The peel of one lemon (use one of the lemons you will be juicing for this recipe and, with a vegetable peeler, cut large sections of the peel)
2 cups cold water
6 medium lemons, juiced to yield approximately 1 cup fresh lemon juice
2 pints (4 cups) cold seltzer water, or plain water if you don’t care for the fizz
Mint sprigs for garnishing
Begin by combining the strawberries with the sugar in a mixing bowl. Allow to macerate for 30 minutes to draw out some of the strawberry juices.
Transfer the strawberry and sugar mixture to a large sauce pan, add the lemon peel and water, and bring to a boil. Simmer for 5 minutes and remove from the heat. Allow to cool slightly, remove the lemon peel, and transfer the strawberry mixture to a blender. Puree well and strain the mixture through a fine mesh sieve into a large mixing bowl to remove any seeds. Throw away the seeds that remain in the sieve (there will only be about a tablespoon or two).
Add the fresh lemon juice to the strawberry mixture and stir well. Transfer the strawberry lemonade concentrate to the refrigerator until well chilled.
To serve, combine two parts of the strawberry lemonade concentrate with one part seltzer water (or plain water if you prefer) in a glass filled with ice. Stir to combine and garnish with a mint sprig.
If this ratio of concentrate to seltzer seems too sweet, use a 1:1 ratio instead.
Serves: 8 – 10
BONUS! For some “no kids allowed” ideas (aka, killer strawberry lemonade cocktails for the adults), try one of the following:
- Strawberry Lemonade Punch: Combine 1 part strawberry lemonade concentrate with 1 part sparkling wine.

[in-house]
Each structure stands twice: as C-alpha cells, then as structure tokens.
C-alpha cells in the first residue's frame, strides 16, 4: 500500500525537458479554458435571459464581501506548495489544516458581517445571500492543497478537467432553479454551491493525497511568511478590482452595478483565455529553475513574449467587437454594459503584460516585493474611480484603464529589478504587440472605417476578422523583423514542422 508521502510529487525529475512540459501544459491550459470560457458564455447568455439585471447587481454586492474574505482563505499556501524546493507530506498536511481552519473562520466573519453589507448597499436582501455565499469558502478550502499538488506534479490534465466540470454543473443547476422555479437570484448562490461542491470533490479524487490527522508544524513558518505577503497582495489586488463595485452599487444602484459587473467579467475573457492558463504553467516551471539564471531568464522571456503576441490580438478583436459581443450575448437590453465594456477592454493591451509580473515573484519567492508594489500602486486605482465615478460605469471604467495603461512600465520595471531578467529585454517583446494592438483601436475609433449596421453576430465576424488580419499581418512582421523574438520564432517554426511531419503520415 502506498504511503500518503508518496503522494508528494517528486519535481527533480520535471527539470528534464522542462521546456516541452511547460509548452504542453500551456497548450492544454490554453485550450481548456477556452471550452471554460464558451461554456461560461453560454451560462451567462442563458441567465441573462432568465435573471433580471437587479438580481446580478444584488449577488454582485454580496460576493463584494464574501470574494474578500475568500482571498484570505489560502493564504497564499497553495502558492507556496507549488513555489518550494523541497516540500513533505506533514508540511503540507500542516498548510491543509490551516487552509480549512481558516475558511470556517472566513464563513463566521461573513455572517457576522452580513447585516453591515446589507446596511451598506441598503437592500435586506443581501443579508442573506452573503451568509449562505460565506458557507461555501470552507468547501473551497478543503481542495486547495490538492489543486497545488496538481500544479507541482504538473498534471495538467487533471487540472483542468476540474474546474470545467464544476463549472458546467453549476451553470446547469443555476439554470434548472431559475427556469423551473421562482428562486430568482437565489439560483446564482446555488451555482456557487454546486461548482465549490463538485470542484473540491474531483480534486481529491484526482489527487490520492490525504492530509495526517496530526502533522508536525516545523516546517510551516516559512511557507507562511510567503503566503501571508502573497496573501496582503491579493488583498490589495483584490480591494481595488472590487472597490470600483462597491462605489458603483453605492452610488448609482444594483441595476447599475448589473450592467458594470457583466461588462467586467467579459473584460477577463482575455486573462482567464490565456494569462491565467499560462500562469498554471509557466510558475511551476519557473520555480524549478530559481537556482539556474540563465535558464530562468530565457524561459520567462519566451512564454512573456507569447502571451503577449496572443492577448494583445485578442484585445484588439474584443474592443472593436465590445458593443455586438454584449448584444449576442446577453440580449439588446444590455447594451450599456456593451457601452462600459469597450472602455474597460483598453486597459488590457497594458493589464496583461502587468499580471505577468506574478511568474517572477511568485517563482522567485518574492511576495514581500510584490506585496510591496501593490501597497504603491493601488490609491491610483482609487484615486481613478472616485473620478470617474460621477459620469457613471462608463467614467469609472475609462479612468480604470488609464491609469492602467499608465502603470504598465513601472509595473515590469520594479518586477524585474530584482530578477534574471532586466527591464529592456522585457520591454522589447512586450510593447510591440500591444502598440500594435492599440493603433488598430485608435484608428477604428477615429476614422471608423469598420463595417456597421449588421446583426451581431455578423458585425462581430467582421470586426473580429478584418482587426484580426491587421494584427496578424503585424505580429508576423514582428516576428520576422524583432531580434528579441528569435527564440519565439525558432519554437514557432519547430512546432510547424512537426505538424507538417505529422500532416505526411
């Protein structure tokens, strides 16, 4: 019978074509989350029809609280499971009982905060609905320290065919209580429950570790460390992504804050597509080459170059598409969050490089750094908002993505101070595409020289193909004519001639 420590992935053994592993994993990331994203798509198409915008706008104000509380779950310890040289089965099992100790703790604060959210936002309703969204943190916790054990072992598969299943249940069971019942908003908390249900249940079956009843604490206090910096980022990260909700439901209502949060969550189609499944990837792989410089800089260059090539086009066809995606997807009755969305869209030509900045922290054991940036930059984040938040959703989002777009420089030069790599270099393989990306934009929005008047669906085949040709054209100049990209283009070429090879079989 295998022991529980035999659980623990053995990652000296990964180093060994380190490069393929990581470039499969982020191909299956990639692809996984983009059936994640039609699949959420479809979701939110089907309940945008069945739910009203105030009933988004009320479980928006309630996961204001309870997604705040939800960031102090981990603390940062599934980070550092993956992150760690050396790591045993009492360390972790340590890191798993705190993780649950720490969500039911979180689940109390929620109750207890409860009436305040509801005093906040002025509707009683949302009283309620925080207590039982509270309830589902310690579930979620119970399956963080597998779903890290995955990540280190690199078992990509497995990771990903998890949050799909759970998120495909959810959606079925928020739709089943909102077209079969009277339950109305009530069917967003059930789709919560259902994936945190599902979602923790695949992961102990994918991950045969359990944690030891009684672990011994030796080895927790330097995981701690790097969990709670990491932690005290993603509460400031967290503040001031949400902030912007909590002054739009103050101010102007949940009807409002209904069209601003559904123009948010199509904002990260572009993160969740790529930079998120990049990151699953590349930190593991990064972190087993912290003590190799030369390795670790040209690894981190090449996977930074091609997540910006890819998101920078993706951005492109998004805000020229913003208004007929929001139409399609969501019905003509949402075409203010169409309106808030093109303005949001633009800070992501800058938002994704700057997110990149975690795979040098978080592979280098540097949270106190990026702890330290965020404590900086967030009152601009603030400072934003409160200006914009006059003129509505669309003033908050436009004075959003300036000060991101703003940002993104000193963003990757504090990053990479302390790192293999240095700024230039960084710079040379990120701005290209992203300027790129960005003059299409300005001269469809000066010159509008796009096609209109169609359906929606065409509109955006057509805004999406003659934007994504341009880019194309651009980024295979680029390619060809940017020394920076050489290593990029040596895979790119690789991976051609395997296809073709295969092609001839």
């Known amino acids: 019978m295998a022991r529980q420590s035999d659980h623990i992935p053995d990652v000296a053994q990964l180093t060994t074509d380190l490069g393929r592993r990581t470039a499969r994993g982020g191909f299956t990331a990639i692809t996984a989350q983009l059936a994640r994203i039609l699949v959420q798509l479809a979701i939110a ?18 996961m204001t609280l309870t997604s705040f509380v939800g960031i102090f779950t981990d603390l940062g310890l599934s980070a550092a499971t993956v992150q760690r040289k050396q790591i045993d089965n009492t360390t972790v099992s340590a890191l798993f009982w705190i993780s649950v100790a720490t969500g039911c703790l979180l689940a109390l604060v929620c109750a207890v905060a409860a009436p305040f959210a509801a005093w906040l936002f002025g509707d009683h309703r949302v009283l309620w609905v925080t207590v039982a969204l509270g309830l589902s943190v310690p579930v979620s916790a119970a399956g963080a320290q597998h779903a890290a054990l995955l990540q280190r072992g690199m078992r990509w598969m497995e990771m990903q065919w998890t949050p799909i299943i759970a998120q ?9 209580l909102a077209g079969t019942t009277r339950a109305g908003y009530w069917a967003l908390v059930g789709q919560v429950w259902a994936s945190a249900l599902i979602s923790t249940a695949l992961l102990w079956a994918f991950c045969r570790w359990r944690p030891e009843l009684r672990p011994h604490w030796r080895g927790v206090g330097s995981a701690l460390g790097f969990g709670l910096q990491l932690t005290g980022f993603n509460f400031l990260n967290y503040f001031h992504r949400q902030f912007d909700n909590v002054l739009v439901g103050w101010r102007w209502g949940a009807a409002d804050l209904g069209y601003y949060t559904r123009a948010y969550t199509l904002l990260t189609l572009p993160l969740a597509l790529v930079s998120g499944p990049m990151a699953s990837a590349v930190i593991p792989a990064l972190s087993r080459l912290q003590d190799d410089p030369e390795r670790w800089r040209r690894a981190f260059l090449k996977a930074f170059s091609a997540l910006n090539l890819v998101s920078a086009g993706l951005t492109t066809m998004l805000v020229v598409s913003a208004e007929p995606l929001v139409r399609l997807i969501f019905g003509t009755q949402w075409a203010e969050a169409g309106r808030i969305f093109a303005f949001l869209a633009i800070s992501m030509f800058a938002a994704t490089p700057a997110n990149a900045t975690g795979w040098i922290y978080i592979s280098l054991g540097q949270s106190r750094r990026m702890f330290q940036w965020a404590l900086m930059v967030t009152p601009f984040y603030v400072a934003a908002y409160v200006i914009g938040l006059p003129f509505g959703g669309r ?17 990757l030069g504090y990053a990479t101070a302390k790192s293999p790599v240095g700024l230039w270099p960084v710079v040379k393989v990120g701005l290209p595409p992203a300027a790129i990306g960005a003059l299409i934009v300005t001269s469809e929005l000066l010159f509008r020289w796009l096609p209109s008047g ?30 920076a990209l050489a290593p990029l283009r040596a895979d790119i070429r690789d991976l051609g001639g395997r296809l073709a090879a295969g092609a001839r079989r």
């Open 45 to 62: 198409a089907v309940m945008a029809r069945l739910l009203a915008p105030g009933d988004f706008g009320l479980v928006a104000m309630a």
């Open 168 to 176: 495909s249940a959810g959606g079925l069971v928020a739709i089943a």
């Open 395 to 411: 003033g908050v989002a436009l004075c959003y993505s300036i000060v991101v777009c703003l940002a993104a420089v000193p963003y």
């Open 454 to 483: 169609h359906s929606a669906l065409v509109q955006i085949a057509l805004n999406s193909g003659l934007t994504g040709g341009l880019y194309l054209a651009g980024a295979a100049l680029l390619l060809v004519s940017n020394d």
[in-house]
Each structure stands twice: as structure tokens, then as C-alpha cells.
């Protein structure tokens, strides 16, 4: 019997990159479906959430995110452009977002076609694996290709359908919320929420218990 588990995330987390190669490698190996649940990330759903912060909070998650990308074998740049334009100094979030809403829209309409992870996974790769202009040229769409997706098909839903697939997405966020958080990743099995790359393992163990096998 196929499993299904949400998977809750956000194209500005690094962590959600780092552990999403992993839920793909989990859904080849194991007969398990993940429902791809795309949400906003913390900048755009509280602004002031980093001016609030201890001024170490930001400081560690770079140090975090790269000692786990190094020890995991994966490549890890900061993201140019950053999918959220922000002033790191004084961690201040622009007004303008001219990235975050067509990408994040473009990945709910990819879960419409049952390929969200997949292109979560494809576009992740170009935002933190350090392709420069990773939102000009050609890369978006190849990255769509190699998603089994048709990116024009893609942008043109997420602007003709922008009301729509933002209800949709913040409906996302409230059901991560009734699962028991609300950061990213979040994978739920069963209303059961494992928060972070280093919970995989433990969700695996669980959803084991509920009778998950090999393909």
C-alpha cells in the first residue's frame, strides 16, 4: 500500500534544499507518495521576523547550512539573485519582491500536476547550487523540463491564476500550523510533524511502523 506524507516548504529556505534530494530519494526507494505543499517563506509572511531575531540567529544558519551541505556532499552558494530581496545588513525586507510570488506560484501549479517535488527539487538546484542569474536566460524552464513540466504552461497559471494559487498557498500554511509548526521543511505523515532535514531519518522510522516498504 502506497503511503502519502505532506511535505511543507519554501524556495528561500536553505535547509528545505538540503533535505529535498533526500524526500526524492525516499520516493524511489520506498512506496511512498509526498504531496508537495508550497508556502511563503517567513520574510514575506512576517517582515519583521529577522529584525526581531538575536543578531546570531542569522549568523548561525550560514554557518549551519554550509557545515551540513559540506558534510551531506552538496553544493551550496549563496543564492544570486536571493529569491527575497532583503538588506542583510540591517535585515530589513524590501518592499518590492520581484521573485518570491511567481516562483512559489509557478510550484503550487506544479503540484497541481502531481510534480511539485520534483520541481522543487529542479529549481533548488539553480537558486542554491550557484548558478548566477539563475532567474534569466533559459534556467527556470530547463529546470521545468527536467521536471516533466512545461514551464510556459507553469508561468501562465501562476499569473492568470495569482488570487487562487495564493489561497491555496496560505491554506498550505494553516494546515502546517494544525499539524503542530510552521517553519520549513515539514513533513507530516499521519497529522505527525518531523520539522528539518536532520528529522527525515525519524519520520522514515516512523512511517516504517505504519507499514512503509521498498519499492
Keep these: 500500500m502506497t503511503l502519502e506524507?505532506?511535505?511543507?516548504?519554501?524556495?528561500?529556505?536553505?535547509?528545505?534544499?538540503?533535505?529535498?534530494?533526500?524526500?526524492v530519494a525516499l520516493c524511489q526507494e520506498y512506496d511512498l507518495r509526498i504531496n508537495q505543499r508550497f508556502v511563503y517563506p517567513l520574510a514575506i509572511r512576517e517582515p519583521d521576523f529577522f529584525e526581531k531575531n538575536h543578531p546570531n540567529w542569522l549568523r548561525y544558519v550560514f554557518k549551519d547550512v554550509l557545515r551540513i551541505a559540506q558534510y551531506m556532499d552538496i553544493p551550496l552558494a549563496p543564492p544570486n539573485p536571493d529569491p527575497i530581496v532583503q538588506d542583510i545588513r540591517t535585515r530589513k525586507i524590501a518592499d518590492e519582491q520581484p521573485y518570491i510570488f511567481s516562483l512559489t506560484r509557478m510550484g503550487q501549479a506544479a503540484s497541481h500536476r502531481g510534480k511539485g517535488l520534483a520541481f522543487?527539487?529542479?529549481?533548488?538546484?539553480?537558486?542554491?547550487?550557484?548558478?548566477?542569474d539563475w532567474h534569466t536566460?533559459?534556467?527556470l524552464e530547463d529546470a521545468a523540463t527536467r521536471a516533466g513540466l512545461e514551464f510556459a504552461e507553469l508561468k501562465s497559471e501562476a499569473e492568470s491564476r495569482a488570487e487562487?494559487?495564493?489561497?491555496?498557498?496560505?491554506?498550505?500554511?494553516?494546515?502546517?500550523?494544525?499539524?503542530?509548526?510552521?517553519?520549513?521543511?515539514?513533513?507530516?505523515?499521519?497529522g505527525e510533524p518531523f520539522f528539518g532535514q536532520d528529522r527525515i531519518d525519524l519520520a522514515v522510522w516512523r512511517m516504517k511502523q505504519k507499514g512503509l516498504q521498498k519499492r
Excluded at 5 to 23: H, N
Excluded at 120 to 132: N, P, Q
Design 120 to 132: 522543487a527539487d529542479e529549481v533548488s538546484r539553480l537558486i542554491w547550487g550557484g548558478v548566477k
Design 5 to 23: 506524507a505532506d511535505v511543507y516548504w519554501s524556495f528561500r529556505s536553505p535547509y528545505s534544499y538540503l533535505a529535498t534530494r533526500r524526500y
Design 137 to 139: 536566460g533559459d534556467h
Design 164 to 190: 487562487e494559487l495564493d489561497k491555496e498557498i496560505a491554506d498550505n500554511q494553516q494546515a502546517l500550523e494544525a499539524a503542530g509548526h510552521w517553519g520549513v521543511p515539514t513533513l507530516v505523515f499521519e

- Strawberry Lemonade Vodka Cooler: 1 part concentrate, 1 part seltzer, and a splash of vodka served over crushed ice.
- Strawberry Lemonade Margarita: 3 ounces strawberry lemonade concentrate, 3 ounces of tequila, and about a tablespoon of orange liqueur, shaken with ice and strained (or blended with ice for a frozen margarita).
Kid rating: four and a half stars. This pleasingly pink beverage is refreshingly tart — something our Stout Sprouts noticed right away. Not surprisingly, they wanted Strawberry Lemonade with dinner and again for breakfast though I can tell the tartness is a bit of an acquired taste. For our Sprouts, I used a bit more water than called for above to offset the tang. Also, they like theirs with plain, non-fizzy water. Which makes sense to me, since they don’t normally drink soft drinks. Garnished with a strawberry, this drink makes them feel ultra sophisticated.
Parent rating: four and a half stars. OK, I’ll admit that when we were making this I couldn’t stop counting the various cocktails into which it could be crafted (see the bonus section above!). But the simply beauty of this strawberry lemonade is that it’s just as good on its own as it is mixed with sparkling wine or another spirit. This is the quintessential summer drink, both nostalgic and festive. And what a great way to use some of those strawberries that are so readily available this time of year. Don’t be afraid to use a little more sweetener if your lemons are especially tart, or to hold back on the sugar if your lemons (or waistline) don’t need it.